Our findings also agree with Bateni and Maki, who stated that wheeled walkers can improve balance and mobility [25]. From this point of view, we raise the question of how far assistive devices, such as wheeled walker, should be regarded as compensatory measures for a loss of capacity [26]. Hoening et al. suggest that the use of equipment may help prevent induced disability or preserve physical conditioning by maintaining a greater level of physical activity, or its effect may be direct, by allowing self-care tasks to be performed more efficiently [27]. Although the available postfall documentation data of our present study cohort prevented hazard or falls-related testing, our findings raise the possibility that especially frail patients with greater need for supervision may benefit from wheeled walkers.

However, our retrospective study design makes the results not definitive, and from a methodological point of view, some shortcomings of our study have to be considered. Ignoring financial constraints and lack of information, one must consider awareness of the existence of assistive devices, positive device orientation, expectation of use, and availability as potential confounders of the present results. Especially in the long-term user group, several persons may not have had any underlying difficulty but instead were using their assistive device in a preventive fashion to feel a sense of security and avoid injuries, such as falls. In other words, the retrospective analysis was not able to clearly differentiate between patients who used and those who were in need of rollators before rehabilitation admission. Since a great proportion of subjects use equipment in combination with formal care [28], decisions about the use of technical assistance were likely to be made with consideration for a sense of security. In these patients, continuing use of wheeled walker over an extended time period could have also lessened mobility-related functioning, facilitated dependency in self-care (as suggested by Alkjaer et al. [3]), and influenced how people cope with disability.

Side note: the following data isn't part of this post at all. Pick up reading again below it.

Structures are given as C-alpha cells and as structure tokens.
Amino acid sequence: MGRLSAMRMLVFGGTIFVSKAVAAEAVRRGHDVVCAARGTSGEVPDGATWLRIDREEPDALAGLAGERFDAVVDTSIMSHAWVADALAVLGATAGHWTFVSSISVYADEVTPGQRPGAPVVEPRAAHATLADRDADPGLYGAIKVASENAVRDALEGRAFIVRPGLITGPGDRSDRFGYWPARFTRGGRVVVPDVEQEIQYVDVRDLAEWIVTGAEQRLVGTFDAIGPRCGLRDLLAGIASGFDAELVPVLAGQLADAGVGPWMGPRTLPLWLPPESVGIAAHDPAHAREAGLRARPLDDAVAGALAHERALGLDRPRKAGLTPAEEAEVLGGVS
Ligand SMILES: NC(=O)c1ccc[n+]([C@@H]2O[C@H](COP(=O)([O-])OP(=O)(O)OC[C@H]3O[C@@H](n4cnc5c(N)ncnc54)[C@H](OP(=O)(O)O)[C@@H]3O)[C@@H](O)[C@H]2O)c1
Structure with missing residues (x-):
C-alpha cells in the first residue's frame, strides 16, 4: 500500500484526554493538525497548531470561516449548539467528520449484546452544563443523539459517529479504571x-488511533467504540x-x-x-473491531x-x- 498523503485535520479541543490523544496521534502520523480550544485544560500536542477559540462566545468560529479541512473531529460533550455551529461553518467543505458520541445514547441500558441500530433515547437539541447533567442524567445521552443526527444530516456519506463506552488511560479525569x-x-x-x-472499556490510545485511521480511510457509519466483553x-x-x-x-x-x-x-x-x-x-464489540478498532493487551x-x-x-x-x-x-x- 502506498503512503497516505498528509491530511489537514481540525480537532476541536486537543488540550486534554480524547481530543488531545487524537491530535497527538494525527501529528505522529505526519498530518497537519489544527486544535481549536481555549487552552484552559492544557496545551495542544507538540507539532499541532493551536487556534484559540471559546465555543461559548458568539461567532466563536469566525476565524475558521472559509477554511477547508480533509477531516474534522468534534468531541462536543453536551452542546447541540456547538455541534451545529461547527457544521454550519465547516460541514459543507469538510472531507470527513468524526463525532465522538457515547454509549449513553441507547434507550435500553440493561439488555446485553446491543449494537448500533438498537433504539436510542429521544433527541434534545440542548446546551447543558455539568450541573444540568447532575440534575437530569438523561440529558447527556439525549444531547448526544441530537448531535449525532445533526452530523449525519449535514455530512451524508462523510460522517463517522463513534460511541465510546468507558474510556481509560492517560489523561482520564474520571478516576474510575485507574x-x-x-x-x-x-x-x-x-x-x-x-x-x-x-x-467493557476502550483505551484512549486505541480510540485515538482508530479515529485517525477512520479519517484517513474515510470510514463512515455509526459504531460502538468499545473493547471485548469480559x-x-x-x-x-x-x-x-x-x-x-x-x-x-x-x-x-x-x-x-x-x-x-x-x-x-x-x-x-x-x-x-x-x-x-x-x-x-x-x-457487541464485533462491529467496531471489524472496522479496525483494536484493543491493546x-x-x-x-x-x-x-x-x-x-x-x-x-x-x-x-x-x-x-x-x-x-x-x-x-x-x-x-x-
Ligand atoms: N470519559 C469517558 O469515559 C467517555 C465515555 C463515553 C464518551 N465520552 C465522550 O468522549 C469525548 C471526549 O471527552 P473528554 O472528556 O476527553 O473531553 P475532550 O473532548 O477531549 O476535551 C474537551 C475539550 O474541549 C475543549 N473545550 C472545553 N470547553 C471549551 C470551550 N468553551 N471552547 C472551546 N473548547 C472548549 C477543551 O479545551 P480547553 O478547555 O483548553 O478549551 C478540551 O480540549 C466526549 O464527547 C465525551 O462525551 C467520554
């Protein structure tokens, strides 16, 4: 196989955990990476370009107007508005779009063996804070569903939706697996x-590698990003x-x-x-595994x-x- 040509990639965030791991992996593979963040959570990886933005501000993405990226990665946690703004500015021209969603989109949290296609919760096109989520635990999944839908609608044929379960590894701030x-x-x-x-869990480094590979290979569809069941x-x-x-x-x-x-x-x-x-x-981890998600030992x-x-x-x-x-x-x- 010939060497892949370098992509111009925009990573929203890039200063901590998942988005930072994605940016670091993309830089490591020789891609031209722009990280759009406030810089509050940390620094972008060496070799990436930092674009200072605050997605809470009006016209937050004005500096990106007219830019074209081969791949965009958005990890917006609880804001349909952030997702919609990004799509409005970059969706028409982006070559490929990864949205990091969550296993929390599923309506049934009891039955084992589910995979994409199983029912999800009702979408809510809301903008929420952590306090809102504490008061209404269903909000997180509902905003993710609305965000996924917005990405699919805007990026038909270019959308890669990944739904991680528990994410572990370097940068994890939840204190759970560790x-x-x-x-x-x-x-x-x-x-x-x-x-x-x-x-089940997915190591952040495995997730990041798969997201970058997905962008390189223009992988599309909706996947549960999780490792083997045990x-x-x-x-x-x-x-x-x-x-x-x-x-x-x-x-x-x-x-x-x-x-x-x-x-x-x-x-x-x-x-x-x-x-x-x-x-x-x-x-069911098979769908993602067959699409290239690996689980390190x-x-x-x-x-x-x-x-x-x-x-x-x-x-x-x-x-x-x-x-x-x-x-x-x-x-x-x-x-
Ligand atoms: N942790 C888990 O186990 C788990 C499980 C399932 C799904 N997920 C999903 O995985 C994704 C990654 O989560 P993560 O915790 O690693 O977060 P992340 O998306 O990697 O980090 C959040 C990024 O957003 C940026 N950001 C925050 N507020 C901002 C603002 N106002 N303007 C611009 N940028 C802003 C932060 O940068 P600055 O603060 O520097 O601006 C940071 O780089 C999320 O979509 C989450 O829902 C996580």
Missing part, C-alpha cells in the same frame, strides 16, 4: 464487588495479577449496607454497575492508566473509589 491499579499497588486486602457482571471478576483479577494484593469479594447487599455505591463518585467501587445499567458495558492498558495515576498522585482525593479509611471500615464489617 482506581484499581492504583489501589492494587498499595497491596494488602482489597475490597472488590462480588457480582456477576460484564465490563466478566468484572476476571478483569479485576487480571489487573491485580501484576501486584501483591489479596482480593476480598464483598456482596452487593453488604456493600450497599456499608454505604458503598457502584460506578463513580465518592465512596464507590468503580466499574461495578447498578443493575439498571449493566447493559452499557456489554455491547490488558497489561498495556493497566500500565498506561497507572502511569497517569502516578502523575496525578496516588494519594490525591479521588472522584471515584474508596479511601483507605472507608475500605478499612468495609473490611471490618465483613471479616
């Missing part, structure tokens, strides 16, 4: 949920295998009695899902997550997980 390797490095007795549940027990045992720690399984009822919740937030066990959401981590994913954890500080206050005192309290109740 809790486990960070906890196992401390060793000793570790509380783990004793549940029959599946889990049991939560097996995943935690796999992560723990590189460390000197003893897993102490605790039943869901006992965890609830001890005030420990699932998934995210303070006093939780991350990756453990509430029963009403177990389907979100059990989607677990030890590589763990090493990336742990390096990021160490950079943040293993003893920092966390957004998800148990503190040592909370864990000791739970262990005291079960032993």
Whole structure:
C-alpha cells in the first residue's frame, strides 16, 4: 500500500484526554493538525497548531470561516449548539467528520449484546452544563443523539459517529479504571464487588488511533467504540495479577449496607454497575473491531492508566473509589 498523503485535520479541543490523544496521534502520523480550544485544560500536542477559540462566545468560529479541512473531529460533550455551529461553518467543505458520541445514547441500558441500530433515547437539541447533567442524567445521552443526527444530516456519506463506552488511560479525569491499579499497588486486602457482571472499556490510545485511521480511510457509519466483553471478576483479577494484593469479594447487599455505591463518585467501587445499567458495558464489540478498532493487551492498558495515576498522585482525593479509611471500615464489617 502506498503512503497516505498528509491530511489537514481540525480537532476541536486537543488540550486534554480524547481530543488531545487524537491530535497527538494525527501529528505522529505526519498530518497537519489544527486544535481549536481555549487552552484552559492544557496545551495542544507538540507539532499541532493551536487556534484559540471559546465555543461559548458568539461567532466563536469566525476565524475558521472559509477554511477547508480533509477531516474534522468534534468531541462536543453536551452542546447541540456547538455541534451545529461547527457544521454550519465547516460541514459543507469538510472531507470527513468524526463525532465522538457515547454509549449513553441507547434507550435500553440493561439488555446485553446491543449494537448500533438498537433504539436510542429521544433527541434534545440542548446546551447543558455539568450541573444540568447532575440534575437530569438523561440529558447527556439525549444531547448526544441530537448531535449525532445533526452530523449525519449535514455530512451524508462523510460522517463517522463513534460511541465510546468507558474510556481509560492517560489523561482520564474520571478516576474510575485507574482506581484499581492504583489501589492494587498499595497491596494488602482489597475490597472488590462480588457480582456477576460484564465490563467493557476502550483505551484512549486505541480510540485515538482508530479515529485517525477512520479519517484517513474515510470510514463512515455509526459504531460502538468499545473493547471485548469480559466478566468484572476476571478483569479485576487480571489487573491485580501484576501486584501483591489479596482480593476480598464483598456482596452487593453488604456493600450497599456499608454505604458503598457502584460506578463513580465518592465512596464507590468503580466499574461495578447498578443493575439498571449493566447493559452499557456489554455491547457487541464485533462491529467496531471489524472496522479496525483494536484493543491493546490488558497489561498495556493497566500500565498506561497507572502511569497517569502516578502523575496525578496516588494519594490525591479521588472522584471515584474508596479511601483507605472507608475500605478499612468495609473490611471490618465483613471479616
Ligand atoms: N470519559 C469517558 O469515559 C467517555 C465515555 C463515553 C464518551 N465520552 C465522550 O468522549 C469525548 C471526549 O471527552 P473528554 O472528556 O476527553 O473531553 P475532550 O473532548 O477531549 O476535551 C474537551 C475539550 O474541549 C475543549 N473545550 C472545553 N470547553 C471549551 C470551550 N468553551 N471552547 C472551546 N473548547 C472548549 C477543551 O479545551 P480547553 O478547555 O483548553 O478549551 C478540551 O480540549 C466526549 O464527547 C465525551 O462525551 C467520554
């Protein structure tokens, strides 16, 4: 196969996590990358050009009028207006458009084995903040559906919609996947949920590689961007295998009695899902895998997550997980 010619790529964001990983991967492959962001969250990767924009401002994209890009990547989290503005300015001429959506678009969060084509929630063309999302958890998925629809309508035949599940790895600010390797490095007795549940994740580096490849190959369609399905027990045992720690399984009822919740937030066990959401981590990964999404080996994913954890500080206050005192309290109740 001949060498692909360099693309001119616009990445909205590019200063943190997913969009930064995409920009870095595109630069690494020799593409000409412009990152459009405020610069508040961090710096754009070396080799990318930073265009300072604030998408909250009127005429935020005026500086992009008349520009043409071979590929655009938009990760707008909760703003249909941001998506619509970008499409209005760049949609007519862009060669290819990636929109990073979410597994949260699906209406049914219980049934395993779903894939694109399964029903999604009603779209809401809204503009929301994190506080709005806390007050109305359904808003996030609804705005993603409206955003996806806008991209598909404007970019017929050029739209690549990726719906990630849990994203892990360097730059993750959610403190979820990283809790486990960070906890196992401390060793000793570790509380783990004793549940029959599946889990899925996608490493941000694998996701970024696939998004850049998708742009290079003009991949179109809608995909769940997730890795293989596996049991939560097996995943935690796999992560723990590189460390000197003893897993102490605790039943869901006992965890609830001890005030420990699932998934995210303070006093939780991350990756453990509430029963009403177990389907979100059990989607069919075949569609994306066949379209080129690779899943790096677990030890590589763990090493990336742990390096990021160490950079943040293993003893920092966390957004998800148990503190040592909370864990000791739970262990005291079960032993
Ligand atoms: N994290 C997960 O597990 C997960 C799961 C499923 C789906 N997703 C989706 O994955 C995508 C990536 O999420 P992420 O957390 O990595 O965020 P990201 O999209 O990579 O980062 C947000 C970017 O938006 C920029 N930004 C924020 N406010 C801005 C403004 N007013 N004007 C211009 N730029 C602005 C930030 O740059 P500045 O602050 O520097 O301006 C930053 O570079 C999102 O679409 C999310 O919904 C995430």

CONCLUSIONS

Overall, the present study shows that rollators may be feasible substitutes for personal mobility-related activities and confidence enhancement during geriatric rehabilitation for a relatively moderate healthcare cost.

ACKNOWLEDGMENTS
Author Contributions:
Study concept and design: L. Vogt, K. Lucki.
Acquisition of data: M. Bach, K. Lucki.
Analysis and interpretation of data: L. Vogt, K. Lucki.
Drafting of manuscript: L. Vogt, K. Lucki.
Critical revision of manuscript for important intellectual content:
L. Vogt, K. Lucki, M. Bach, W. Banzer.
Statistical analysis: L. Vogt.
Obtained funding: M. Bach, W. Banzer.
Administrative, technical, or material support: M. Bach, W. Banzer.
Study supervision: L. Vogt, W. Banzer.
Financial Disclosures: The authors have declared that no competing interests exist.
Funding/Support: This work was unfunded at the time of manuscript preparation.
Institutional Review: This study was approved by the local ethics committee of the Faculty of Psychology and Sport Sciences, Goethe-University Frankfurt am Main, Frankfurt, Germany.
Participant Follow-Up: The authors plan to inform participants of the publication of this study.
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Submitted for publication September 11, 2009. Accepted in revised form December 17, 2009.